Brussels Edition: Big Decisions
(Bloomberg) -- Welcome to the Brussels Edition, Bloomberg’s daily briefing on what matters most in the heart of the European Union.
A nail-biting week for both supporters and opponents of the U.K.’s withdrawal from the European Union starts in Luxembourg: The bloc’s top court will announce a landmark decision on whether Britain could unilaterally revoke Article 50 — the clause that started the Brexit process. The ruling comes just a day before the U.K. Parliament is scheduled to vote on Prime Minister Theresa May’s Brexit deal, with opposition stacking up and talk of a delay so that she can come back to Brussels and ask for tweaks at this week’s summit.
Hot Spots | Russia’s clash with Ukraine in the Sea of Azov and an alleged Iranian murder plot in Denmark will feature at a meeting today in Brussels of EU foreign ministers, who’ll stop well short of expanding penalties against either the Kremlin or Tehran. Instead, the ministers will discuss ways to assist the affected Ukrainian regions and keep financial channels to Iran open in the wake of renewed U.S. sanctions against the country.
Back to Rome | The EU’s top economic officials will discuss euro-area countries’ budget plans with European lawmakers in Strasbourg, as a potentially crucial week in Italy’s budget standoff with Brussels kicks off. Rome’s populist government will meet today to discuss the highly-awaited analysis of its 2019 budget pledges, La Stampa reported, as EU officials wait to see whether the government will send in revised spending plans in order to avoid a disciplinary procedure.
Macron Responds | French President Emmanuel Macron is due to address the nation this evening to give his much-awaited response to a fourth weekend of violence from the Yellow Vest protesters. Meantime, French Foreign Minister Jean-Yves Le Drian dismissed Donald Trump’s comments on the protests, saying the U.S. president shouldn’t meddle in France’s affairs.
Belgian Breakup | Belgian Prime Minister Charles Michel, in Morocco today, is in for a tough time when he returns. The Flemish nationalist N-VA party left the governing coalition over the weekend after disagreeing with the premier’s decision to sign the UN migration pact. The end of the coalition could result in either an early federal election or Michel continuing as head of a minority government, largely in a caretaker role, until scheduled elections in May 2019.
In Case You Missed It
Swiss Delay | In its game of brinkmanship with the EU, Switzerland is playing for time. Bern didn’t say yes or no to a hotly contested agreement with Brussels last week, taking the gamble that its equity market won’t get cut off from EU investors and opting for a national debate on the matter. Switzerland and the EU are battling over a “framework” agreement to supplant the amalgamation of 120 treaties that now govern relations. The EU has made clinching an accord a prerequisite for further recognition of the Swiss bourse under MiFiD II.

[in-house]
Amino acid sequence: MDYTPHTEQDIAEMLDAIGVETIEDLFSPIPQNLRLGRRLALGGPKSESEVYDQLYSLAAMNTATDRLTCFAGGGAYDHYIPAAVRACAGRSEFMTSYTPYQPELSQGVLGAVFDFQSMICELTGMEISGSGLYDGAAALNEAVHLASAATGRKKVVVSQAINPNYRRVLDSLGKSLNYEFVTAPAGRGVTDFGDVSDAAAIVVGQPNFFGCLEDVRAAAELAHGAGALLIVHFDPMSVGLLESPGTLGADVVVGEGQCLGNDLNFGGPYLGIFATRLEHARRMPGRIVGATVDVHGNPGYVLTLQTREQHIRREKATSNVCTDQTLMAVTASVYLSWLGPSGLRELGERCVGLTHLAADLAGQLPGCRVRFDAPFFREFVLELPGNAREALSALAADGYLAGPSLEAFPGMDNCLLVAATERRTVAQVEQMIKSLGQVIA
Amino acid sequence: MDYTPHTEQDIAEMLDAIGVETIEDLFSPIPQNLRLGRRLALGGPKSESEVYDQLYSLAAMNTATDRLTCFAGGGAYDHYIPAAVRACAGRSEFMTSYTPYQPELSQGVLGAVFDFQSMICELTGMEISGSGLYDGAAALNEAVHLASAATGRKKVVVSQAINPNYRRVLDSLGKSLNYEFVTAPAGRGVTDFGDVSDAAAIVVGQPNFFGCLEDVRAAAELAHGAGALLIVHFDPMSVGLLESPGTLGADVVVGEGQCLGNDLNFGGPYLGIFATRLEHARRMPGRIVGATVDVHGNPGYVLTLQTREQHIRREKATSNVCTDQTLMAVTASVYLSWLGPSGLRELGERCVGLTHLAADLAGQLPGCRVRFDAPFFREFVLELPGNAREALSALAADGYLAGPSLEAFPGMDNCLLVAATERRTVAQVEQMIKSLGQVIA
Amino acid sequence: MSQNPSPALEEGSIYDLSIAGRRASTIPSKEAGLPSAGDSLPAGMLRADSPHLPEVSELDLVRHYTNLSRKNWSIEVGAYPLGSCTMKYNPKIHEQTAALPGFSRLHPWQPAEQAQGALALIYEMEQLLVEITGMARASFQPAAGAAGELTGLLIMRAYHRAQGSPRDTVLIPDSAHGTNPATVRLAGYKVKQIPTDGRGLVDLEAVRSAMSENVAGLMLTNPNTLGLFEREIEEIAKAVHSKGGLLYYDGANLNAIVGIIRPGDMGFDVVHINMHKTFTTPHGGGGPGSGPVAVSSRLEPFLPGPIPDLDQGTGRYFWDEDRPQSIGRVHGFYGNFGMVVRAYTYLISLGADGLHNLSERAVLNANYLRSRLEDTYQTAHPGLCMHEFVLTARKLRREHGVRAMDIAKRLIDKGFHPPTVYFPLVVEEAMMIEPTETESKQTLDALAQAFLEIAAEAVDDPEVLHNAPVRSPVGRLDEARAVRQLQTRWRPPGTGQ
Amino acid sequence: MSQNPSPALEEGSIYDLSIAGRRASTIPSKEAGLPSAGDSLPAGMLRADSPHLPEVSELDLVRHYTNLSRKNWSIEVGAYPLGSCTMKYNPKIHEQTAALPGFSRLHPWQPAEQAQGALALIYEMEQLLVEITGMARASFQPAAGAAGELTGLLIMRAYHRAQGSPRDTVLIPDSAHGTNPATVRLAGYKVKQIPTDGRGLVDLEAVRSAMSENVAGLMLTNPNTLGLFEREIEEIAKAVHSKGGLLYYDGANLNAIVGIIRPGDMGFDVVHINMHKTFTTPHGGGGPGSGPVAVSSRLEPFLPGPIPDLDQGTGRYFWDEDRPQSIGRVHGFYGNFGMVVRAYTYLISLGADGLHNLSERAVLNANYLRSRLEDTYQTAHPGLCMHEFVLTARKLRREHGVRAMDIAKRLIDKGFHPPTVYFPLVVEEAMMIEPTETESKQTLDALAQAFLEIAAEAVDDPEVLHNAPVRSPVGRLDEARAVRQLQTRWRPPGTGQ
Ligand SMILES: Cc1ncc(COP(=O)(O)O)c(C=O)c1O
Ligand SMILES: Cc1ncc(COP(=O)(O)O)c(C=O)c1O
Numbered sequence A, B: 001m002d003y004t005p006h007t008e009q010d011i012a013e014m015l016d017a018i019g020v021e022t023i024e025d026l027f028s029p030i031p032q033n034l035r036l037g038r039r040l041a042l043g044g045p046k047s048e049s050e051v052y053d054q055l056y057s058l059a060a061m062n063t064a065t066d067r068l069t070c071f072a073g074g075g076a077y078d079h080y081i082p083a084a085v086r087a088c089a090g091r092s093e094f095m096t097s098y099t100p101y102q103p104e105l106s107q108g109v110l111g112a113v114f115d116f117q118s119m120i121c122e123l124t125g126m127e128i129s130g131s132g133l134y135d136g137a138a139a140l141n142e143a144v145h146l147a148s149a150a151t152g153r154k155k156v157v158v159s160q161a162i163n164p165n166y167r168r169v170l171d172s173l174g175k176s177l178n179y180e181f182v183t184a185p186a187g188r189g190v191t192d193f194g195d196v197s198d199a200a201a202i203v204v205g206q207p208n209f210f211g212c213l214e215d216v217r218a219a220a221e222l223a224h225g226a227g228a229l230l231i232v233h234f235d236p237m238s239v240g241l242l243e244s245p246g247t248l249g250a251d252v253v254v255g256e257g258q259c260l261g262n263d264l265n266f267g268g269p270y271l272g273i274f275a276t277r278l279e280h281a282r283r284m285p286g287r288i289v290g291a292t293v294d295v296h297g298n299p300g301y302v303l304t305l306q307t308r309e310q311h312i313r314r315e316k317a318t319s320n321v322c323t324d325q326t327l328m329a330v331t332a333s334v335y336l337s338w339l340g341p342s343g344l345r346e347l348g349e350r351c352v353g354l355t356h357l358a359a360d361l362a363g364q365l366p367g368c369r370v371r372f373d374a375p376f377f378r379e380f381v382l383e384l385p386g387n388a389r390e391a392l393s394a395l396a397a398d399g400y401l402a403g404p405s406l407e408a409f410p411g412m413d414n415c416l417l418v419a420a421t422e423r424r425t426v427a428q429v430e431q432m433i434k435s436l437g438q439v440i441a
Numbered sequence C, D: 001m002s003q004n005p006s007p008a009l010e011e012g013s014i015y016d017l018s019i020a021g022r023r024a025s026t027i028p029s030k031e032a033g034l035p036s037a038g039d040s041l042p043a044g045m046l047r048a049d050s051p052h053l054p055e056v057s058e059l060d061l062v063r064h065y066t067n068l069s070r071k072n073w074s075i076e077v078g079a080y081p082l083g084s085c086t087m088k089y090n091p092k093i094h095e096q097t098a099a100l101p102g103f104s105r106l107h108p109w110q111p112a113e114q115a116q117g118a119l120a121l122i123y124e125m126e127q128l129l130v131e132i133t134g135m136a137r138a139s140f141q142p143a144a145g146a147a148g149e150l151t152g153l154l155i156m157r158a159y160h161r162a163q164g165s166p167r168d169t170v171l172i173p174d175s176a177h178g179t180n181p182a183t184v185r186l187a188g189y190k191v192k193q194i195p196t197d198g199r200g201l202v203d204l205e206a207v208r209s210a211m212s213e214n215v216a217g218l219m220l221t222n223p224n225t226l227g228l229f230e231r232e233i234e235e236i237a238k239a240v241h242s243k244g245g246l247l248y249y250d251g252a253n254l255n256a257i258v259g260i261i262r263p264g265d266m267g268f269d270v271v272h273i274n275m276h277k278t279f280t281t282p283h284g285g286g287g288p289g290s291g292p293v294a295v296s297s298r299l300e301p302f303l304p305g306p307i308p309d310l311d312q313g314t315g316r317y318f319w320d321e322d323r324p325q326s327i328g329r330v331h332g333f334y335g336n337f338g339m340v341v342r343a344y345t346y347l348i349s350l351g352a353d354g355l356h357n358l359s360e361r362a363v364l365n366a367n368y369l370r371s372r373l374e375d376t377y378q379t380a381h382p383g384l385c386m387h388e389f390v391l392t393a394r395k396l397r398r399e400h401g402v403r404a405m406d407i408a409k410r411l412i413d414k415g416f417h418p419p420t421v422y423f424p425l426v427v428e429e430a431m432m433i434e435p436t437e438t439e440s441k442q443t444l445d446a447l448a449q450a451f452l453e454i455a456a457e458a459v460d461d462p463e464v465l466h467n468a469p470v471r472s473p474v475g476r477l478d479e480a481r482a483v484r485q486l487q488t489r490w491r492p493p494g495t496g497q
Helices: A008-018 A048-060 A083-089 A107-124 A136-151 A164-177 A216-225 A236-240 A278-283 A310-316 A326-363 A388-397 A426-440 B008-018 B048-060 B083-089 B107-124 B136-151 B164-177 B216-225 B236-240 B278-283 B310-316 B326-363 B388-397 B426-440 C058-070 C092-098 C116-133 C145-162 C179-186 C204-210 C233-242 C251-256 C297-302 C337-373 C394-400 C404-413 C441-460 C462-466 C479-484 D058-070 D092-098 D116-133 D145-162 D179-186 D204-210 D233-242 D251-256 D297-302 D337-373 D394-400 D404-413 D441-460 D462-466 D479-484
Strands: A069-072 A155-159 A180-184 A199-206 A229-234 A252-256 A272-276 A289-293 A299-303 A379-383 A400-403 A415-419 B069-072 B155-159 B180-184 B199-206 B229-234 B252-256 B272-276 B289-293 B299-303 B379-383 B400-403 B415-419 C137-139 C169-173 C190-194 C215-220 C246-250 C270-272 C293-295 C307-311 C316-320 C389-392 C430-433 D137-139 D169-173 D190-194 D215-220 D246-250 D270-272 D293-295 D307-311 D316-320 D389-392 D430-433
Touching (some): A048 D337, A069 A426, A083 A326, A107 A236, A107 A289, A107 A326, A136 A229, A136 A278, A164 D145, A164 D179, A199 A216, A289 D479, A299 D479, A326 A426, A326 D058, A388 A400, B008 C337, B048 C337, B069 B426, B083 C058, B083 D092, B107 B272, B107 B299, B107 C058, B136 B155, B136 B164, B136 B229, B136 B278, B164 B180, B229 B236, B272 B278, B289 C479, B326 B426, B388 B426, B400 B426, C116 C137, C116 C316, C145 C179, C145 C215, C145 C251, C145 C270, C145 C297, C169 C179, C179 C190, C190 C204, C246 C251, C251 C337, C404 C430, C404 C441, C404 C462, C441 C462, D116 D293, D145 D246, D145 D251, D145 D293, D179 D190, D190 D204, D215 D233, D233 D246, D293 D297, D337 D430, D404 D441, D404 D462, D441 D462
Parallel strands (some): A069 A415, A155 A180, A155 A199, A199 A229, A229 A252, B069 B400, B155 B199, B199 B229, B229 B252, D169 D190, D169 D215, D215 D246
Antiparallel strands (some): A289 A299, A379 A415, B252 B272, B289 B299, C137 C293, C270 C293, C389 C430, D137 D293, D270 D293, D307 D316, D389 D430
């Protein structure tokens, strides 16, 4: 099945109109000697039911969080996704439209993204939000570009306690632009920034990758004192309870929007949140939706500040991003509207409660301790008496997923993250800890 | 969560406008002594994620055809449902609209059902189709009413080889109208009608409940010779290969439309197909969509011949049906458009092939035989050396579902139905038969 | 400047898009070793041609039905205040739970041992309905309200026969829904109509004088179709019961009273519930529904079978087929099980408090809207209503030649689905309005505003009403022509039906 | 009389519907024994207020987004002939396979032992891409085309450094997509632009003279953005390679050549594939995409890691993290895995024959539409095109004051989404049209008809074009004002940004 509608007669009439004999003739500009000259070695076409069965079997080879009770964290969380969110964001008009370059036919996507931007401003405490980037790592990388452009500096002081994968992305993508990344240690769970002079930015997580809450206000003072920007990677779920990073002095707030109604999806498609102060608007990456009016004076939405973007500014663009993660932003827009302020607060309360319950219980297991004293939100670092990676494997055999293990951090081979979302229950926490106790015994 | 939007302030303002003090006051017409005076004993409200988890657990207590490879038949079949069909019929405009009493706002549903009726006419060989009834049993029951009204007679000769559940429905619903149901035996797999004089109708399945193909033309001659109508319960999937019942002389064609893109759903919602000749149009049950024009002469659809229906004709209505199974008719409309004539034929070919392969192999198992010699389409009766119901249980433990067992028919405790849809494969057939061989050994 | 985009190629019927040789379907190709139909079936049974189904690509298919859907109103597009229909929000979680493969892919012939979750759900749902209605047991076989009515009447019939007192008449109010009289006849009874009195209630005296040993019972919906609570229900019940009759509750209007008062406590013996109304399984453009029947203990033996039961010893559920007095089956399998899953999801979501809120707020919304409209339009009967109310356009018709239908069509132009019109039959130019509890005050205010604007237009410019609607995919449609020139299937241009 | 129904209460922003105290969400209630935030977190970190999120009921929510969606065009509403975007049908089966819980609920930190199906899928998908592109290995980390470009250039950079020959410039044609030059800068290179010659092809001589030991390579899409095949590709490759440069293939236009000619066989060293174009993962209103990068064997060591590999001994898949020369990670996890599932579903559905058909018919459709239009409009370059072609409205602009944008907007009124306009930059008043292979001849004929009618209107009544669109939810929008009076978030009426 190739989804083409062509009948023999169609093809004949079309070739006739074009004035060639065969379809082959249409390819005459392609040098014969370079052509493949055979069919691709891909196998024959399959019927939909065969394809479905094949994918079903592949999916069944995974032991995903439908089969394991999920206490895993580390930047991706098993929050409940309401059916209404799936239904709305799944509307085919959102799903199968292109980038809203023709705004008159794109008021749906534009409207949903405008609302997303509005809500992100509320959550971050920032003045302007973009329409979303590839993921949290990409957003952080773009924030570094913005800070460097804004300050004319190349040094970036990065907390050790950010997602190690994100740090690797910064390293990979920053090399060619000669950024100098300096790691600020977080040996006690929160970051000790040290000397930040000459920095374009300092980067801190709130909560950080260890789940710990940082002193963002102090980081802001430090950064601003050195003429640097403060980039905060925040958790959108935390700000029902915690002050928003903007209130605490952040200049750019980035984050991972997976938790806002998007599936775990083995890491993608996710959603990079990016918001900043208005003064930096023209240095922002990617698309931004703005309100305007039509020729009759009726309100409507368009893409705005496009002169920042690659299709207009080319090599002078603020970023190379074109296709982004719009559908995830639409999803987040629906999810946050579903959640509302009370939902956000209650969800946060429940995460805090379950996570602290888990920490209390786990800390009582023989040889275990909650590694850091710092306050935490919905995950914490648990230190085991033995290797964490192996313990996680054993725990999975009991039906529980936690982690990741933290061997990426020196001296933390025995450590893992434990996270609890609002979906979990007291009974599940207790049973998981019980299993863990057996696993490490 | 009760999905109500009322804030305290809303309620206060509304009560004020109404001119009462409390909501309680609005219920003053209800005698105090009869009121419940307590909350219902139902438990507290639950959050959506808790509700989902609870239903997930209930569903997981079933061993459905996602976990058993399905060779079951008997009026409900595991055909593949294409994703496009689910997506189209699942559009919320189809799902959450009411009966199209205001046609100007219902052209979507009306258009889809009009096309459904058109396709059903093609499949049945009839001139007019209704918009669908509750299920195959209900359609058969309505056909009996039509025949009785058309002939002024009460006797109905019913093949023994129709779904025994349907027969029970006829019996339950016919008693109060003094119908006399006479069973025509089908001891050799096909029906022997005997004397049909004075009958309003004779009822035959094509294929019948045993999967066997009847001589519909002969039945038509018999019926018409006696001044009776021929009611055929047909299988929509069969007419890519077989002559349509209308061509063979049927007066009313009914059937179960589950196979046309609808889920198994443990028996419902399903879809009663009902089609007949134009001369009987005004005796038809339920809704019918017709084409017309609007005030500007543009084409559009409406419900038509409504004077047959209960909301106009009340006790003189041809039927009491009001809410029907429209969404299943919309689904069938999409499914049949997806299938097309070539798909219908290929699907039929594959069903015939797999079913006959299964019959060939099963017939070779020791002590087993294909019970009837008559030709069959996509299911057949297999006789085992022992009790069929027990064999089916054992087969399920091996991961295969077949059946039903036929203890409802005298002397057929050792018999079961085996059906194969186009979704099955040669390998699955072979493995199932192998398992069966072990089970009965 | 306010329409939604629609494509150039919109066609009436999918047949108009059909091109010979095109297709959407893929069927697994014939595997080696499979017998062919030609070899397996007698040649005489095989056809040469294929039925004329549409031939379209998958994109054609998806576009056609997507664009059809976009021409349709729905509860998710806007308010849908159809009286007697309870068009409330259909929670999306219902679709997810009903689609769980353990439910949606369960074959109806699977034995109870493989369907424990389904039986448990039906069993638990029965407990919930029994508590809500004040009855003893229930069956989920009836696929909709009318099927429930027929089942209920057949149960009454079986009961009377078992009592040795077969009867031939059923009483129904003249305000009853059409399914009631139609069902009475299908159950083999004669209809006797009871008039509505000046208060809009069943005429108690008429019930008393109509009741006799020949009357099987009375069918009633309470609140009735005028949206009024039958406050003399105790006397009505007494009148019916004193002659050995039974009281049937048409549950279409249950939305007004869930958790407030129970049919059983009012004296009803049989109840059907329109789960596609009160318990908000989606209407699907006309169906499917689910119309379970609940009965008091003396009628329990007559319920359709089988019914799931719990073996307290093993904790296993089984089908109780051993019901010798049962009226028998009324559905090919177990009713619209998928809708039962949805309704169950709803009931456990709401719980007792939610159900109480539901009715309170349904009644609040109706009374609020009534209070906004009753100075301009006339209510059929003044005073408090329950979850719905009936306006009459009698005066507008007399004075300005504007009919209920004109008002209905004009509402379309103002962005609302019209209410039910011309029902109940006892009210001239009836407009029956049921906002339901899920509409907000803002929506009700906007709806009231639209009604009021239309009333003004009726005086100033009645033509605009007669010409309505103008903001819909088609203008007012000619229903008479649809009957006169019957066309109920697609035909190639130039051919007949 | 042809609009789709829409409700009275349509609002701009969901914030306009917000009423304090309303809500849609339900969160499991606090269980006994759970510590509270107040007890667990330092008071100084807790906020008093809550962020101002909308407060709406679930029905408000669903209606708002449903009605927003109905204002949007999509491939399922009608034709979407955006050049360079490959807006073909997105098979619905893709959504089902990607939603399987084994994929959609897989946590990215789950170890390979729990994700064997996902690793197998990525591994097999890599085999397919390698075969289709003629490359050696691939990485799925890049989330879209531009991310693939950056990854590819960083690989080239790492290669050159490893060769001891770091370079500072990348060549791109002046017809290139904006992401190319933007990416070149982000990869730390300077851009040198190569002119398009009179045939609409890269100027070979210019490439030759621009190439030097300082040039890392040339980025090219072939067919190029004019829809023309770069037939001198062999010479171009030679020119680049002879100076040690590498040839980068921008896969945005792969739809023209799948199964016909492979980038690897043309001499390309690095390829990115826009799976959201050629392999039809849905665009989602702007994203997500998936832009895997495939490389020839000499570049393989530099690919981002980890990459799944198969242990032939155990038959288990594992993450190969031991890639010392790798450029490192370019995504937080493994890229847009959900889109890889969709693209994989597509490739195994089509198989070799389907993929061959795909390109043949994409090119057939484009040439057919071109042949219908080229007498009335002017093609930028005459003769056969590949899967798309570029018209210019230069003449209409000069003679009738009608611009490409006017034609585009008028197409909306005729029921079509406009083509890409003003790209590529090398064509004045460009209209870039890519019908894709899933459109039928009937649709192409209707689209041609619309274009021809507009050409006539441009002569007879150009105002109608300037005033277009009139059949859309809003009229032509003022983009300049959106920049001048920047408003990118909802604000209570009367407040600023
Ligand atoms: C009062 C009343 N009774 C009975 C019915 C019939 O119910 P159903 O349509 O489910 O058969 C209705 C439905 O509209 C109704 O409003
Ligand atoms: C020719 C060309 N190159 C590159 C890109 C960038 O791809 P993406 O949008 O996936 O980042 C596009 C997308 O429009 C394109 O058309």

Election Guide | European Parliament elections have traditionally been dull affairs, but this time is different. The continent-wide vote in May is shaping up to be something of a referendum on the whole 60-year European experiment as it will be the first EU ballot since a member country decided to leave the bloc and will feature clashes over fundamental values and policies. Here’s your guide on why this poll matters.
Danske’s Future | Danske Bank shareholders, who’ve lost more than 40 percent on their investment this year, are looking to a brighter future after the lender took another step to purge its leadership. Denmark’s largest bank last week replaced its chairman, following October’s ouster of its chief executive officer, as it seeks to atone for its role in one of Europe’s biggest money laundering scandals.
Chart of the Day
The euro-zone economy is down but not out after a year battered by freezing weather, trade wars, budget disputes and car trouble. The exuberance of 2017 — when the bloc enjoyed a brief “euroboom” — has given way to slowing momentum and an onslaught of bad news. Germany’s supposed powerhouse economy contracted over the summer, and Italy is not only shrinking but also reviving memories of the regional debt crisis. European automakers are wondering if they’re next to be targeted by U.S. tariffs.
All times CET.
- 8:30 a.m. EU foreign ministers meet in Brussels; to discuss Iran, Venezuela, Ukraine, Western Balkans
- 9 a.m. EU top court rules on whether Article 50, which started the Brexit process, can be revoked unilaterally
- 5:30 p.m. Former Eurogroup President Dijsselbloem presents his book, “The Euro Crisis — The Inside Story” at the ESM in Luxembourg
- 7:30 p.m. EU Justice Commissioner Jourova speaks on tax matters at the ECON committee of the European Parliament in Strasbourg
- 7:30 p.m. EU lawmakers exchange views on the Commission’s Autumn package, including its opinions on the draft budgetary plans of euro-area member states, with Vice President Dombrovskis and Economic and Financial Affairs Commissioner Moscovici
- 9 p.m. EU Parliament's ECON committee votes on a bill that could help extend the lifespan of critical financial benchmarks like Euribor or Eonia
- EU Climate Commissioner Arias Cañete in Katowice, Poland, participates in the 24th Conference of the Parties to the United Nations Framework Convention on Climate Change (COP 24)
- Belgian Prime Minister Michel attends Intergovernmental Conference to Adopt Global Compact for Safe, Orderly and Regular Migration in Morocco
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